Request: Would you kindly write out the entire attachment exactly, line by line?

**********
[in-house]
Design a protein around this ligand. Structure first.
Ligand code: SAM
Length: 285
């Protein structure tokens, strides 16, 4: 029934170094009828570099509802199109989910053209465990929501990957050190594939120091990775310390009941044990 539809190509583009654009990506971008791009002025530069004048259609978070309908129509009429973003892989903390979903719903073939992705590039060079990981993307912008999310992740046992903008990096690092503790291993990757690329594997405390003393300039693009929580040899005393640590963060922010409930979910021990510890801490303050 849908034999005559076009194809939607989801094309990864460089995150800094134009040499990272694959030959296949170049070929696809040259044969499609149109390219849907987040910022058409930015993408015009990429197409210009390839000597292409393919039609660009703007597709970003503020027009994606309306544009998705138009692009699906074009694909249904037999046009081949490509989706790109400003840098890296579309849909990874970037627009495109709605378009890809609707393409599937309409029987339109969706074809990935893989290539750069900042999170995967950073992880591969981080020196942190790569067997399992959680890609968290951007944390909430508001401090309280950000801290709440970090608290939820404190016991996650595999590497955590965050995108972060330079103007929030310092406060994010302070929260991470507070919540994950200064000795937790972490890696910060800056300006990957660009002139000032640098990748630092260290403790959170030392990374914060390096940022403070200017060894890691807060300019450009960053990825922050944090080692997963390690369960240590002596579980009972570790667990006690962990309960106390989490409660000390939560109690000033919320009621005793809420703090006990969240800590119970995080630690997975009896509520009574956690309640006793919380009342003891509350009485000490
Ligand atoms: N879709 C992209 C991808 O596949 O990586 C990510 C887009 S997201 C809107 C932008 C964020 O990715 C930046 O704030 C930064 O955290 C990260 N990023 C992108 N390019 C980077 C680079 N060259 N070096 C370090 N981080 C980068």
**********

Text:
[in-house]
Design a protein around this ligand. Structure first.
Ligand code: SAM
Length: 285
């Protein structure tokens, strides 16, 4: 029934170094009828570099509802199109989910053209465990929501990957050190594939120091990775310390009941044990 539809190509583009654009990506971008791009002025530069004048259609978070309908129509009429973003892989903390979903719903073939992705590039060079990981993307912008999310992740046992903008990096690092503790291993990757690329594997405390003393300039693009929580040899005393640590963060922010409930979910021990510890801490303050 849908034999005559076009194809939607989801094309990864460089995150800094134009040499990272694959030959296949170049070929696809040259044969499609149109390219849907987040910022058409930015993408015009990429197409210009390839000597292409393919039609660009703007597709970003503020027009994606309306544009998705138009692009699906074009694909249904037999046009081949490509989706790109400003840098890296579309849909990874970037627009495109709605378009890809609707393409599937309409029987339109969706074809990935893989290539750069900042999170995967950073992880591969981080020196942190790569067997399992959680890609968290951007944390909430508001401090309280950000801290709440970090608290939820404190016991996650595999590497955590965050995108972060330079103007929030310092406060994010302070929260991470507070919540994950200064000795937790972490890696910060800056300006990957660009002139000032640098990748630092260290403790959170030392990374914060390096940022403070200017060894890691807060300019450009960053990825922050944090080692997963390690369960240590002596579980009972570790667990006690962990309960106390989490409660000390939560109690000033919320009621005793809420703090006990969240800590119970995080630690997975009896509520009574956690309640006793919380009342003891509350009485000490
Ligand atoms: N879709 C992209 C991808 O596949 O990586 C990510 C887009 S997201 C809107 C932008 C964020 O990715 C930046 O704030 C930064 O955290 C990260 N990023 C992108 N390019 C980077 C680079 N060259 N070096 C370090 N981080 C980068």